Almost a month after the conclusion of the World Cup, which introduced the vuvuzela's incessant buzz to the rest of the world, sports organizations and facilities in North America and elsewhere have begun to ban the instrument.
This week, basketball's governing body declared vuvuzelas ineligible for the FIBA World Championships, which begin later this month in Turkey. Organizers say vuvuzelas used indoors could damage hearing and make court communication difficult. (A fan favorite in South Africa, the horns have been known to emit as many as 144 decibels - that's louder than an air horn or a passenger jet.) FIBA warned that the instruments will be confiscated and the ban will be enforced at all indoor tournaments. Anyone bringing a vuvuzela to a FIBA basketball venue risks getting bounced.
New Meadowlands Stadium also announced that "noisemakers including whistles, vuvuzelas, plastic horns or air horns of any size" won't be permitted during next Tuesday's soccer match between the United States and Brazil. A yellow-box "stadium alert" on the venue's home page sends the message loud and clear.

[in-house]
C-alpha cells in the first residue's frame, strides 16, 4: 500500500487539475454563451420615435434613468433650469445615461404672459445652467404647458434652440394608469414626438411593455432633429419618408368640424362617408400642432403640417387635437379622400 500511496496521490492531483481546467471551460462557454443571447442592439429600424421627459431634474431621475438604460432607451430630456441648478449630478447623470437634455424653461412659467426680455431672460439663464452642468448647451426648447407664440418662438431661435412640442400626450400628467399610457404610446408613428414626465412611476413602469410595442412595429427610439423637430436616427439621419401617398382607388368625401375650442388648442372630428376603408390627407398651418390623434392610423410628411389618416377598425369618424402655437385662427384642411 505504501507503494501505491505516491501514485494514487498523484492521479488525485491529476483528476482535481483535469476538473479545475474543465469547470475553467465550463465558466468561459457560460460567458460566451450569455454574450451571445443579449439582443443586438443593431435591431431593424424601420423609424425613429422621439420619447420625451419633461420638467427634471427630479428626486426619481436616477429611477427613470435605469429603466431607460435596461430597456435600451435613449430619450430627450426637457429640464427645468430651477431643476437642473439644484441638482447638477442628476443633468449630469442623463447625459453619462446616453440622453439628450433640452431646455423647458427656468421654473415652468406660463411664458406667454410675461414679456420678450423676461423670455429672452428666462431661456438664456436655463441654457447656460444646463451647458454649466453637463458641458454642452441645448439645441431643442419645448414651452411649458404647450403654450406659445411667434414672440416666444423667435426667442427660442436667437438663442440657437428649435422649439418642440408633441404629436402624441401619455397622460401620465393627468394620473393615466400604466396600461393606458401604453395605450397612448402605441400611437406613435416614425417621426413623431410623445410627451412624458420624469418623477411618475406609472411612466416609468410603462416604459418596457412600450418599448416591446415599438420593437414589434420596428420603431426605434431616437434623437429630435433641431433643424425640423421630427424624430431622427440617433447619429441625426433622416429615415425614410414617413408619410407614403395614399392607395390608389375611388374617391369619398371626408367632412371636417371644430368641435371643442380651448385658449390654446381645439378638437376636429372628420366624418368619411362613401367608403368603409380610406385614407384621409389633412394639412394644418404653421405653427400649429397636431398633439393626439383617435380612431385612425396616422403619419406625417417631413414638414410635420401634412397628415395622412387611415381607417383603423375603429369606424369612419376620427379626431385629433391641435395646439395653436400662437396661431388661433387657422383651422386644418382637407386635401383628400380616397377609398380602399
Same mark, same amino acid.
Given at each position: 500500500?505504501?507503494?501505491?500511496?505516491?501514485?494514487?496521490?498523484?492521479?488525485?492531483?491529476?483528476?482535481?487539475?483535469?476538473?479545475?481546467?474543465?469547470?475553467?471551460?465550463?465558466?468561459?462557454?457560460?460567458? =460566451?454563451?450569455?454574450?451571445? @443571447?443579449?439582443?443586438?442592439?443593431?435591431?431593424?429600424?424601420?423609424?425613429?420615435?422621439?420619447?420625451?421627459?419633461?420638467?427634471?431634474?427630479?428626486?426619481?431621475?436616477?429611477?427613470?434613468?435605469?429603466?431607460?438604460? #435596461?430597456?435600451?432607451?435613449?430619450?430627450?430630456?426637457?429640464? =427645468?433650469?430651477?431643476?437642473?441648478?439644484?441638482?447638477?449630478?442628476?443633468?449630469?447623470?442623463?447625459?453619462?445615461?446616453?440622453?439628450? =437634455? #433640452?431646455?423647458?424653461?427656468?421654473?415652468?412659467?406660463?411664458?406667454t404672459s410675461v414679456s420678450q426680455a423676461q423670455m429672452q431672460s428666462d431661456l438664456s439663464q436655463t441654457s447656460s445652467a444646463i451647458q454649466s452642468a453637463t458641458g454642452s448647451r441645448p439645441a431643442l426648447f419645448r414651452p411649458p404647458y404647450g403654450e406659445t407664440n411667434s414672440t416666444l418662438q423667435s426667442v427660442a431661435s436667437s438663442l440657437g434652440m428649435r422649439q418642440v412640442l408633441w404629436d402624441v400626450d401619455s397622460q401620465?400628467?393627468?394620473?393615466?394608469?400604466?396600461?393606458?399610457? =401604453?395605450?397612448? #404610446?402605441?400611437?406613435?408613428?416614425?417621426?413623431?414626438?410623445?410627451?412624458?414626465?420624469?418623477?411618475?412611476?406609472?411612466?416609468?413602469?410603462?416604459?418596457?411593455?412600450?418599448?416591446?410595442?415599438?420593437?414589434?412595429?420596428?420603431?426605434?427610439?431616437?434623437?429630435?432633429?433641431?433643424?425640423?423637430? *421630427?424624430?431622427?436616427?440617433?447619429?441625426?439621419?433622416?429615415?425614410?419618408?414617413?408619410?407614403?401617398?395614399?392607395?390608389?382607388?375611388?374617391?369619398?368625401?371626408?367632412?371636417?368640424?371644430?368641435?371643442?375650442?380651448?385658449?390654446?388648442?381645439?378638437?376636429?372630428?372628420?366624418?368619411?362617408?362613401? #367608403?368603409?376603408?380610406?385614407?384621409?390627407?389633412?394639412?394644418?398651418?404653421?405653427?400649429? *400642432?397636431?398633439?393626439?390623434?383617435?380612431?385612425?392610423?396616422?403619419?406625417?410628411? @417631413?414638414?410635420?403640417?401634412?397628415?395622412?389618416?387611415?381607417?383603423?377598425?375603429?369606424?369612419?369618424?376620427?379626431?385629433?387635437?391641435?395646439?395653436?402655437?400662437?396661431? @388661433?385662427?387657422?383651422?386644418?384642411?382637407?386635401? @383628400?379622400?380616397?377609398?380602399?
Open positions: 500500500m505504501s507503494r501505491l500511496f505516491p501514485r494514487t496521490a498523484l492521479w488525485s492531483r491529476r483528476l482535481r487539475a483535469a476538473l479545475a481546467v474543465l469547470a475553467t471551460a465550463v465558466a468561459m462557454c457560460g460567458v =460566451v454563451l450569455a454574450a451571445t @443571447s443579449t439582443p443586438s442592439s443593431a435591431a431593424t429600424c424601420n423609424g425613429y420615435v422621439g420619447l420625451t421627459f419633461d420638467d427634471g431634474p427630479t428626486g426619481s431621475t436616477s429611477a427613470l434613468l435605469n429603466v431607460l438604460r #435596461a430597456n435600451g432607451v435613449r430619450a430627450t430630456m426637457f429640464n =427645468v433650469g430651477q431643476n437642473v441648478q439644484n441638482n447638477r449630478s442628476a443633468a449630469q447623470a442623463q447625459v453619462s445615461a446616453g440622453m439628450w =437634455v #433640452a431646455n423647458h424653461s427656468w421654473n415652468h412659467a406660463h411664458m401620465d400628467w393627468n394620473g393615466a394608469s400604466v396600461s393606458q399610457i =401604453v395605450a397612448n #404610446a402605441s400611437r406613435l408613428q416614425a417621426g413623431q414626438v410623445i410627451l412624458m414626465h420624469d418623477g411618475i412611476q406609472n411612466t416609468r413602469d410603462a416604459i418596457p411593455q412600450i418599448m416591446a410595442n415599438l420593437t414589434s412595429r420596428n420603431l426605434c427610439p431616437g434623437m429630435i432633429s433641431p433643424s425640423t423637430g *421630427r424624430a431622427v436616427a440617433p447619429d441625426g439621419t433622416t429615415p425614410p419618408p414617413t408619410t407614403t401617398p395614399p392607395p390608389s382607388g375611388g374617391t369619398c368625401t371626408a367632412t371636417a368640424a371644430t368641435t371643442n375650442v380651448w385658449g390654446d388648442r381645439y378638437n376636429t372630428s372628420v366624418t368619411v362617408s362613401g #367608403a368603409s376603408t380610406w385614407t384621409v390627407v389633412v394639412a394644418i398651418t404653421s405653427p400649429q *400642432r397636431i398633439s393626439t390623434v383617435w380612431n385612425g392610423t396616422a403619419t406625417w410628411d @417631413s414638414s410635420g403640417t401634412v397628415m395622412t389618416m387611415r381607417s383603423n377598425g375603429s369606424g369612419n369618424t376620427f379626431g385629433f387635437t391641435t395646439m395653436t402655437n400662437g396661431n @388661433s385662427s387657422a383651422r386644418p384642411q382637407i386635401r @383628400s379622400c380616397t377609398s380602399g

But in Detroit, owners and managers of the Silverdome are still asking for fan input regarding the use of vuvuzelas at tomorrow's "Match of the Titans" featuring AC Milan and Panathinaikos FC. Online voters can click either "love them" or "ban them" in a poll that had generated more than 1,670 votes by Thursday morning. No word on when the poll closes, but "ban them" was leading the way with 59 percent. "The most important thing is the fan experience," says Steve Apostolopoulos, director of sports for Triple Sports & Entertainment, which manages the Silverdome. "Many people say they don't like the vuvuzelas, but plenty of fans clearly enjoyed blowing them in the stands at the FIFA World Cup. We're trying to see how many of our potential visitors feel strongly one way or the other before we make a decision."